SoundPrint: telling those of us with auditory sensitivities where not to go
An iOS and Android app empowering users to search for and create environmental sound data.
by Keeri Tramm
Accessibility advocate | #ActuallyAutistic Tweet @LynnKeeri
It is empowering to have environmental sound data on the places around you. Knowing sound data can help you determine where (or where not) to meet with friends, have a date, and spend your time catching up on work. Having the ability to choose between a coffee shop averaging 40dB and 85dB is a game-changer for people that experience auditory processing or sensory differences.
In a prior post, we discussed hardware to reduce and filter the sound in noisy environments; now we’ll review an option that can help you choose what environment you may want to put yourself in. With a free mobile app called SoundPrint, anyone with a mobile device is now able to check the average sound level of a location, as well as add a sound level to their current location.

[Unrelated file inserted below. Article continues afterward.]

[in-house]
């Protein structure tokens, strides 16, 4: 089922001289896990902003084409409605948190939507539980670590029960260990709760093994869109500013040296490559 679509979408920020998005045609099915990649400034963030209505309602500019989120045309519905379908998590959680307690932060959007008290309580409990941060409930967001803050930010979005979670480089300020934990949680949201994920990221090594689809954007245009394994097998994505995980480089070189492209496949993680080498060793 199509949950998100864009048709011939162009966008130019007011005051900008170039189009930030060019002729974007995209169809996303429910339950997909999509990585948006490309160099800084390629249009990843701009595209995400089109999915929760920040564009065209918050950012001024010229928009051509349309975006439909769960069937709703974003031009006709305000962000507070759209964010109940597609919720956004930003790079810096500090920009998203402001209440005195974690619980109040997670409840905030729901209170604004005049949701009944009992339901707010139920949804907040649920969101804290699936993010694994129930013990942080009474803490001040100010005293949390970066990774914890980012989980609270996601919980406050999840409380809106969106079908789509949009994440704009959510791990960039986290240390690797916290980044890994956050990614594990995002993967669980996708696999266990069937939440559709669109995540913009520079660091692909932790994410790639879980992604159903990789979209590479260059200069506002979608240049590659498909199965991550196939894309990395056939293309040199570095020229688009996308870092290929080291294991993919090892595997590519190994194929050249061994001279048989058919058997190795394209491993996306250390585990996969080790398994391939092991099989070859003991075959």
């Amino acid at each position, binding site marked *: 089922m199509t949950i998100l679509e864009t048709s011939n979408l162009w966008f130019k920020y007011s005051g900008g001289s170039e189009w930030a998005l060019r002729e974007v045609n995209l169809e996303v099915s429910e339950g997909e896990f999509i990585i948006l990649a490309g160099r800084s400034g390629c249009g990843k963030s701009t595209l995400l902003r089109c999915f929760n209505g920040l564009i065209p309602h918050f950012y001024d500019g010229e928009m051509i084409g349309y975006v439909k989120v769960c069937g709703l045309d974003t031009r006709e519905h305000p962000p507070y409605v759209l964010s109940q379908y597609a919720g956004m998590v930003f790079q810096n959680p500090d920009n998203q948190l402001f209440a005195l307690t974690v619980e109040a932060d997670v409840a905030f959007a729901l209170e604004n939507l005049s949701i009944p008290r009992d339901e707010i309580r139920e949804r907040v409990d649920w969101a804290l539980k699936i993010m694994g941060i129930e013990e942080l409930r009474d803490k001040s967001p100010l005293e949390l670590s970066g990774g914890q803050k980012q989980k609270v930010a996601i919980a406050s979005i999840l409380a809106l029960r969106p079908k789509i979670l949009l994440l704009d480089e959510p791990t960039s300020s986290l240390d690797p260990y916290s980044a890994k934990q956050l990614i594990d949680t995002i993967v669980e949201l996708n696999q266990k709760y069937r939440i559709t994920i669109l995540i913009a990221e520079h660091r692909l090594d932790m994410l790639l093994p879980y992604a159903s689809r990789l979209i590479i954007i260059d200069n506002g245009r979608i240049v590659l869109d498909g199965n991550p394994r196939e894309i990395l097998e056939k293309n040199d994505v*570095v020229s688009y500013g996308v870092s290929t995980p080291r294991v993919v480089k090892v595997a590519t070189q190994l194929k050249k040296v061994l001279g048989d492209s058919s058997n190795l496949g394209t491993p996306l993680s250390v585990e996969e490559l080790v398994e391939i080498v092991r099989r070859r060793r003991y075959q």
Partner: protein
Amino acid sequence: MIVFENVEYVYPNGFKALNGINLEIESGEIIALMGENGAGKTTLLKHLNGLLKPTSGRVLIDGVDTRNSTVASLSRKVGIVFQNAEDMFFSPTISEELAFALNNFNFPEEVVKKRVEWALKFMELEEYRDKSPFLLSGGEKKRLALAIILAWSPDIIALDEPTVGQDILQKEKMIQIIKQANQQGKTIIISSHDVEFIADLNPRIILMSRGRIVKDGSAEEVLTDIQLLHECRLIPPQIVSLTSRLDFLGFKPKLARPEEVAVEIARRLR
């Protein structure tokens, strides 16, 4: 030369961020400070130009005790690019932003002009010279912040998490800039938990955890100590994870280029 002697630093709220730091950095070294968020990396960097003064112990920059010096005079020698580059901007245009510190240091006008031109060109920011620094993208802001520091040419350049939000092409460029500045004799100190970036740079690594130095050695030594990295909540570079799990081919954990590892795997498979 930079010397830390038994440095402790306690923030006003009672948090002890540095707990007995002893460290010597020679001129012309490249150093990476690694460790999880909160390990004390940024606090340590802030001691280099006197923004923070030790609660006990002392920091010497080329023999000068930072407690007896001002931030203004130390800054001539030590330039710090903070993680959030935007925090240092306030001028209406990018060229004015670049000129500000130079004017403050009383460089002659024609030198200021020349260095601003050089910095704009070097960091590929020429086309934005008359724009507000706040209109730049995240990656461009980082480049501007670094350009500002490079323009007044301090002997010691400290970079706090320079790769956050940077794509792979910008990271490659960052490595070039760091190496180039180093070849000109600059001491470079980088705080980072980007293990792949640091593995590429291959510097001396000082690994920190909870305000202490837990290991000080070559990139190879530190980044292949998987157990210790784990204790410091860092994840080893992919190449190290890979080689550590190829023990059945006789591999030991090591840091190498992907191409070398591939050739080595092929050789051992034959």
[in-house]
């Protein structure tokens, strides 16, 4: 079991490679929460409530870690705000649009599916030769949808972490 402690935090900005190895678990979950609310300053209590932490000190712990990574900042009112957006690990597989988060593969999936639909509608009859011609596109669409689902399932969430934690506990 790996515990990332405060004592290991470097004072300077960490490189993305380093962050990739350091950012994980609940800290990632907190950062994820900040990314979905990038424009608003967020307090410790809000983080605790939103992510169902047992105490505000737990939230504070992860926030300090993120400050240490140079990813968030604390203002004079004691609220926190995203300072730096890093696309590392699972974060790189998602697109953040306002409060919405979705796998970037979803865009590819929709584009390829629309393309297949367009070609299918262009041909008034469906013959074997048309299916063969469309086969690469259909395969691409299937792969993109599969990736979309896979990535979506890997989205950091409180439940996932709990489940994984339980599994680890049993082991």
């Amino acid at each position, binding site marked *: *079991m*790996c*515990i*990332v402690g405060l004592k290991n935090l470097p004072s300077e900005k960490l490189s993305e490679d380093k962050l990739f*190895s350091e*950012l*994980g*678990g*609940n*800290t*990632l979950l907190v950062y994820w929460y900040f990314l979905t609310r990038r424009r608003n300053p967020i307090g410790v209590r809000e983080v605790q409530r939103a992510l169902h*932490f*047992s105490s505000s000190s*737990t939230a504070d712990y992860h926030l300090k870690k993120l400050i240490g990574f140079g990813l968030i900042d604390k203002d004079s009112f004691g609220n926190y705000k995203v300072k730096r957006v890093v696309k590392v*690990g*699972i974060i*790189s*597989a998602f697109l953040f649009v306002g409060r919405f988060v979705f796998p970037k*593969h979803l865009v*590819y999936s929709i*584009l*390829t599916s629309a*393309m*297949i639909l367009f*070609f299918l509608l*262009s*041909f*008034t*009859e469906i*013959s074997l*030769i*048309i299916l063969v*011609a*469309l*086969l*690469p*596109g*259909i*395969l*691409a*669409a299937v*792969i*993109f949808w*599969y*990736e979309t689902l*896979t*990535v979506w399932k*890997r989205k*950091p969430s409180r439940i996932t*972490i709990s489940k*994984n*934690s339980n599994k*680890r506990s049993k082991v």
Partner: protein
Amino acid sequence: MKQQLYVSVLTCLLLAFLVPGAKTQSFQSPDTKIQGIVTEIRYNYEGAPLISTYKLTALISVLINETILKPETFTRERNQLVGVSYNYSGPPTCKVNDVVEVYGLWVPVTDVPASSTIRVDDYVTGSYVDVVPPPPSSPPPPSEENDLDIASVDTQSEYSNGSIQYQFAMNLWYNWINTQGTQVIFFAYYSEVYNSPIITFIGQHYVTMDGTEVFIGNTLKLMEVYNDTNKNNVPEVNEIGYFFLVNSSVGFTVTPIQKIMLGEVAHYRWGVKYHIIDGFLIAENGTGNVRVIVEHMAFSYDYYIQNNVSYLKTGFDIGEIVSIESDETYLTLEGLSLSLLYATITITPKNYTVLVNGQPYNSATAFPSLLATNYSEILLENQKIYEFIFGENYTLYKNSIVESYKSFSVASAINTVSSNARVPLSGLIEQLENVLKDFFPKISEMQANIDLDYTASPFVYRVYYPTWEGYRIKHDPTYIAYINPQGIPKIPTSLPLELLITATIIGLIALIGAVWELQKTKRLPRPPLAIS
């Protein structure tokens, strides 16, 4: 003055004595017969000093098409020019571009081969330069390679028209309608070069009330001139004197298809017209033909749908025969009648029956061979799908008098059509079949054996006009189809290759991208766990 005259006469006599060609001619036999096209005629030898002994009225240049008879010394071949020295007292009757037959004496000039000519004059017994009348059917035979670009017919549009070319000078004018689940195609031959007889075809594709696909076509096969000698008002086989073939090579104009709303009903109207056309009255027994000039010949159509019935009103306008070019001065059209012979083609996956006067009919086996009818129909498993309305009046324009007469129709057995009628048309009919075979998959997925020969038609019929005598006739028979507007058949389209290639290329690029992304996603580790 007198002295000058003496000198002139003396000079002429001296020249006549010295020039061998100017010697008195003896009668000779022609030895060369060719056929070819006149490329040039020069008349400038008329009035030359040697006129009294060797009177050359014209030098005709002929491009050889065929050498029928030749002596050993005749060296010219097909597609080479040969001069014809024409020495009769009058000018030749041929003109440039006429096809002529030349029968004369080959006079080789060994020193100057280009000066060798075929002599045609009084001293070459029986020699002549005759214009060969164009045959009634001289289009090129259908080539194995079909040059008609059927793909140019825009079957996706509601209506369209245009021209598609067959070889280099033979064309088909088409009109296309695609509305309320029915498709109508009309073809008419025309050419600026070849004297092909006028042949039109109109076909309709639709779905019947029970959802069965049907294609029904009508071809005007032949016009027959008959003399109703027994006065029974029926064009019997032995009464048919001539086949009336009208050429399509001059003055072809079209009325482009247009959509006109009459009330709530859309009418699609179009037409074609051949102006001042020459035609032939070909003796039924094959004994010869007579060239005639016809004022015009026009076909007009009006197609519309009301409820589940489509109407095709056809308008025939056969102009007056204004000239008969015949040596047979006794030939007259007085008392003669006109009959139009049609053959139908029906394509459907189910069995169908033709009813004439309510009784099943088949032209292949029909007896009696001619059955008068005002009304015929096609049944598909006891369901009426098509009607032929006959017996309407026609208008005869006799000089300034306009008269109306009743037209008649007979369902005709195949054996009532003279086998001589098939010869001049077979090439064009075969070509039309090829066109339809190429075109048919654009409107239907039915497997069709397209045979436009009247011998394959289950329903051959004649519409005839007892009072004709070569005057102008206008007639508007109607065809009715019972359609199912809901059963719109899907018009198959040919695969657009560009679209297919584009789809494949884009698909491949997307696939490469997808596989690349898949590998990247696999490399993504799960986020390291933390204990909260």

Auditory overload could become much less common while out in public.
For those of you who have requested videos for accessibility, here’s a quick tutorial with subtitles on SoundPrint. For those of you who prefer to read, continue on 🙂
SoundPrint is a mobile app available on both iOS and Android. All that’s needed to operate it is a smartphone with a microphone and an internet connection.
SoundPrint relies on a crowdsourcing model—individual users submit “SoundChecks” using the app. SoundPrint takes the average dB reading and stores it under the user’s location.